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Retail sales data for August was not so hot, once you take note of the revision to July. It seems, though, that most talking heads on the Street today are ignoring that simple fact, perhaps to pat their own backs or to pad their assets under management.

Retail Sales were reported yesterday for the month of August, and the market jumped for joy from the get-go. Did you notice the back-step she took though, after the premarket leap? Still, as the morning wore on, every economist, strategist and research director with a bullish play on got themselves on TV; and they said "See, told you consumers are still kicking!" But, as The Greek publishes, take note of the reconciliation that occurs, because smart money is listening to us.

Sales increased 0.4% in August, an impressive rate when matched against the economists' consensus at Bloomberg. Experts were looking for a rise of 0.3% last month. Lately, we've found conspicuous drivers of positive data, and so further inspection of this report would be wise too.

Right off the bat we found a reason to sour on the data. July's result was revised lower you see, to now account for growth of 0.3%, down from the initially reported 0.4%. When the number August is compared against is reduced, that has the impact of lifting growth in the current period; this occurs even given the same level of activity as was expected for the month. So maybe August's result was not better than expected at all, given that July was backed down a bit. Thus, the wind beneath the wings of Tuesday's market might dissipate. August's sales still measured 3.6% greater than August of 2009. Though, like July, last year's comparable does not make the best of components to measure economic recovery by. You will recall that most of last year could be characterized as generational low type economic activity.

Excluding Motor Vehicles and Parts Dealers, sales rose even faster, up 0.6% in August and 4.8% against last year. 'Cash for Clunkers' (remember that?) explains the year-over-year comparison, but the fall-off in auto sales against July was -0.7%. Ford (NYSE: F) and friends can't be all too happy about that.

Other areas of weakness included Furniture and Home Furnishings Stores, which saw sales fall 0.5%. This segment's falloff seems explainable too, given the broader decline in consumer confidence and the decrease in housing activity post First-Time Homebuyer Tax Credit. Those government assisted home purchases have been closed on, for the most part, and whatever furniture was going to be purchased initially has been as well (NYSE: ETH, Nasdaq: HOFT).

Electronics and Appliance Stores again showed weakness, with sales falling 1.1%, after a 0.3% drop in July. Building Materials and Garden Equipment Supplies Dealers saw a stagnant rate of sales in August, even after taking into account seasonal adjustment. This is also explainable by the drop in housing activity since spring. Miscellaneous Stores also saw a decline of 0.9%.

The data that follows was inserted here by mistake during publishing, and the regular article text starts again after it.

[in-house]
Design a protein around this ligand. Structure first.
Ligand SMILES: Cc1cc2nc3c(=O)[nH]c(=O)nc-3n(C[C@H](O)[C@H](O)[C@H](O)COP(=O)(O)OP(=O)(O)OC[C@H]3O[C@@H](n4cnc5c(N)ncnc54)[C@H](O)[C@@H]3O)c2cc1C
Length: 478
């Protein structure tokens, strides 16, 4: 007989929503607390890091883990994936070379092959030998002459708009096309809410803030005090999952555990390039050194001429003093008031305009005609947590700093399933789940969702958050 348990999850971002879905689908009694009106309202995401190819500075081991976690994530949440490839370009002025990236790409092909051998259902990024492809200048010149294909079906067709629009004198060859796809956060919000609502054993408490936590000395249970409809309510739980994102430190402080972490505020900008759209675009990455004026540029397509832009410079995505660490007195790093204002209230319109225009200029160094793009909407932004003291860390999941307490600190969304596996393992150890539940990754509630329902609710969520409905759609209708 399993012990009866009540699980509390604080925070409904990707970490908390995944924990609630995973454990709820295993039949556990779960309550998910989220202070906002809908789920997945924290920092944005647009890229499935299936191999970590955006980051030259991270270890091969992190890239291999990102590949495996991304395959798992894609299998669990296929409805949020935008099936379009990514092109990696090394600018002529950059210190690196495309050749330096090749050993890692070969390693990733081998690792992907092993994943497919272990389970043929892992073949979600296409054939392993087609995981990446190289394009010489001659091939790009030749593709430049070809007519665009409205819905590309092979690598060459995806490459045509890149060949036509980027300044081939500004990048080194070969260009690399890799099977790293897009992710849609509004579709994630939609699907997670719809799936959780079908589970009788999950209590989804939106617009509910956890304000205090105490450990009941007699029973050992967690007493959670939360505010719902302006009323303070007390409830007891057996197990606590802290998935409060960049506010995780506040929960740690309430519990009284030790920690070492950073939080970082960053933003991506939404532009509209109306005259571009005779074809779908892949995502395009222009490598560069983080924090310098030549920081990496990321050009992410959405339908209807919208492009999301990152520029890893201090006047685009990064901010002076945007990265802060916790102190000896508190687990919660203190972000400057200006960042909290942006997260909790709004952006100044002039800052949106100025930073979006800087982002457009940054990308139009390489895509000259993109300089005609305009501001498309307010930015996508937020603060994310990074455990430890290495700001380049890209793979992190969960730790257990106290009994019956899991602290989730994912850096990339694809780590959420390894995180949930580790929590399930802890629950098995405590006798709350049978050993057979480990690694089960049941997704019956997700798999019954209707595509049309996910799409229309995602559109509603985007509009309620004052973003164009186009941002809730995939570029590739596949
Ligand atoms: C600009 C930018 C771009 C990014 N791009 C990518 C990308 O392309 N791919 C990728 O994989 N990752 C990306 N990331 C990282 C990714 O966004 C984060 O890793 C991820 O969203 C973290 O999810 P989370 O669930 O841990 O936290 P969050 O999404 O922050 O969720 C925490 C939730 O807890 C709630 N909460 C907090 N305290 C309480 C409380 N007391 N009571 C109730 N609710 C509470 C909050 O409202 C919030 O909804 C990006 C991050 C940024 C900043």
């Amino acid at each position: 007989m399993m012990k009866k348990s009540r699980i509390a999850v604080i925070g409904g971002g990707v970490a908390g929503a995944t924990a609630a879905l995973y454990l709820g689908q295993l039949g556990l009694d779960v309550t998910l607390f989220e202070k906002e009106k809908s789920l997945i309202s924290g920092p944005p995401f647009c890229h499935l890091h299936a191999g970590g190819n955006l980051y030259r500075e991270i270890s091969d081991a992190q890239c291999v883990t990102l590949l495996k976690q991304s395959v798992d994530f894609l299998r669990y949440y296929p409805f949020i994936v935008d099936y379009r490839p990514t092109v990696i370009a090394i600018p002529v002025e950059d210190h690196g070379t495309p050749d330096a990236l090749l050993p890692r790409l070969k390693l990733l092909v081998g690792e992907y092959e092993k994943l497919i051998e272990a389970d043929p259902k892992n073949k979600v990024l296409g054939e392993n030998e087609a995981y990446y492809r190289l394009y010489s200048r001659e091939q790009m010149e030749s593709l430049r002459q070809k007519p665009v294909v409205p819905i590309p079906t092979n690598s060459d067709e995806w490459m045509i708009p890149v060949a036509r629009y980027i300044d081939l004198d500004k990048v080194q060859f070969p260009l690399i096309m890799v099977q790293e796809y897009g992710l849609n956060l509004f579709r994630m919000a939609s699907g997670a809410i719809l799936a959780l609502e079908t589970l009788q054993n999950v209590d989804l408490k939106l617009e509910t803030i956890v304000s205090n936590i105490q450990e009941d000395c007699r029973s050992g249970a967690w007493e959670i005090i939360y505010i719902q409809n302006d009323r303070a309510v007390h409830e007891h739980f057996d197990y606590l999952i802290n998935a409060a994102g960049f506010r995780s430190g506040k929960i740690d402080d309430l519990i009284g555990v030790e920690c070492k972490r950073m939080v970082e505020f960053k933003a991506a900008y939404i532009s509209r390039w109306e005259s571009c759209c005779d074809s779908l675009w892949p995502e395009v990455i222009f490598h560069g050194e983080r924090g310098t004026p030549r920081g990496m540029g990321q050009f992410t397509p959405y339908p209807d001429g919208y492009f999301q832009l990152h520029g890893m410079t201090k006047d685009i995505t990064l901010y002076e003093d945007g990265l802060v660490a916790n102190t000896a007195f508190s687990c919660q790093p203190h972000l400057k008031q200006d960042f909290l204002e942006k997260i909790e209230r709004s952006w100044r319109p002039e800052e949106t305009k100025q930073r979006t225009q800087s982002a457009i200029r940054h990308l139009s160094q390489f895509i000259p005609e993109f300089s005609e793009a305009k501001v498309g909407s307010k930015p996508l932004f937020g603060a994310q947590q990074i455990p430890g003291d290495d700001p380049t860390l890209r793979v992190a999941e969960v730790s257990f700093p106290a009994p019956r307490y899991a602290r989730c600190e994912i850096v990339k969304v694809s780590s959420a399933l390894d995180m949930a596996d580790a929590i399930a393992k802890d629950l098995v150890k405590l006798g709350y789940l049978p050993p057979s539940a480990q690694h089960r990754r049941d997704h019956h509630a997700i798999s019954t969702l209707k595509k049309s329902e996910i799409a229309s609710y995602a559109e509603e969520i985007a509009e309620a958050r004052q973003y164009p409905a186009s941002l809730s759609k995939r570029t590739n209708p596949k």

But...

The remainder of the component segments recorded sales growth in August. Gasoline Stations led the group, with sales increasing 1.9%. According to the EIA, though, the retail price of gasoline across America fell in August, to $2.67, from $2.74. It is unclear whether the price offered by the EIA is an average or if it is the month’s ending price, which seems more likely given the gas station sales. If the average price of gasoline were higher, it would partly explain why gasoline stations saw an increase of such magnitude, and I expect this is the case. The high-summer driving season surely played a role we suppose, since more of us vacation in August than in July (I am assuming this to be the case). Still, don’t get too excited about the summer driving season, since the unadjusted rate of change for gas stations was negative 0.3%. That would seem to say that the adjustment gives a big boost to August, and that it therefore reflects folks doing less in August, or perhaps spending time in one place (at the beach, mountains, amusement park or overseas).

Still, Clothing and Clothing accessories saw sales rise 1.2%; Sporting Goods, Books, Music and Hobbies Stores posted sales growth of 0.9%; General Merchandise +0.4%; Department Stores +0.4%; Nonstore Retailers (web and catalog - Nasdaq: AMZN, Nasdaq: EBAY) +0.6%; and Food Services & Drinking Places +0.1%. We cannot ignore this growth, nor explain it easily without a positive notation. The feel on the Street is that deep back-to-school discounts, states offering tax-free holidays and that restoration of extended jobless benefits last month may have helped boost demand. It all makes sense to us, and so we'll be closely attuned to September and the holiday season for further clarification.

That said, we suggest the gurus with faster lips than intellect might take deeper consideration of the fact that July's number was revised downward. Net, net, we were pleased at some of the components in August, but not enthused as much at the broader gain as the talking heads have been today.

Disclosure: No Positions

Source: Retail Sales Rides July Revision Like a Banshee